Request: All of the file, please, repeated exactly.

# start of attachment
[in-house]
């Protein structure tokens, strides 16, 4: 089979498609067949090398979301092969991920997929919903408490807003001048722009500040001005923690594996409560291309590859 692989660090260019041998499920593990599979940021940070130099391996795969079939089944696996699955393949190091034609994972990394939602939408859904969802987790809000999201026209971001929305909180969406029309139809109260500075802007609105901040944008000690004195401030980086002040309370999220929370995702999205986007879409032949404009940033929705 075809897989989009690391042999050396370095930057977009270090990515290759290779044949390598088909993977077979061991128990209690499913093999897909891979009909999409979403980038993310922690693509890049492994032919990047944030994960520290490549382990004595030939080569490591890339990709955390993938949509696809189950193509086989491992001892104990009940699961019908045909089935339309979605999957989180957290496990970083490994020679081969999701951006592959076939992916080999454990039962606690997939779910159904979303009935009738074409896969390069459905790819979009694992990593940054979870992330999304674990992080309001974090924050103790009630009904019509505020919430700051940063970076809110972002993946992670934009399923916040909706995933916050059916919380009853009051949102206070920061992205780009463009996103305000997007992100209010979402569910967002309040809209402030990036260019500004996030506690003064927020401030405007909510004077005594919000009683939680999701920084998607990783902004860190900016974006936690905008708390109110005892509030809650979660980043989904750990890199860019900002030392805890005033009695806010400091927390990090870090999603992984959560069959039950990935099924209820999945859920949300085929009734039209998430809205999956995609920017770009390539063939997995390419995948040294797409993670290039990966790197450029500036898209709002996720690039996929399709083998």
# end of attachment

[in-house]
């Protein structure tokens, strides 16, 4: 089979498609067949090398979301092969991920997929919903408490807003001048722009500040001005923690594996409560291309590859 692989660090260019041998499920593990599979940021940070130099391996795969079939089944696996699955393949190091034609994972990394939602939408859904969802987790809000999201026209971001929305909180969406029309139809109260500075802007609105901040944008000690004195401030980086002040309370999220929370995702999205986007879409032949404009940033929705 075809897989989009690391042999050396370095930057977009270090990515290759290779044949390598088909993977077979061991128990209690499913093999897909891979009909999409979403980038993310922690693509890049492994032919990047944030994960520290490549382990004595030939080569490591890339990709955390993938949509696809189950193509086989491992001892104990009940699961019908045909089935339309979605999957989180957290496990970083490994020679081969999701951006592959076939992916080999454990039962606690997939779910159904979303009935009738074409896969390069459905790819979009694992990593940054979870992330999304674990992080309001974090924050103790009630009904019509505020919430700051940063970076809110972002993946992670934009399923916040909706995933916050059916919380009853009051949102206070920061992205780009463009996103305000997007992100209010979402569910967002309040809209402030990036260019500004996030506690003064927020401030405007909510004077005594919000009683939680999701920084998607990783902004860190900016974006936690905008708390109110005892509030809650979660980043989904750990890199860019900002030392805890005033009695806010400091927390990090870090999603992984959560069959039950990935099924209820999945859920949300085929009734039209998430809205999956995609920017770009390539063939997995390419995948040294797409993670290039990966790197450029500036898209709002996720690039996929399709083998």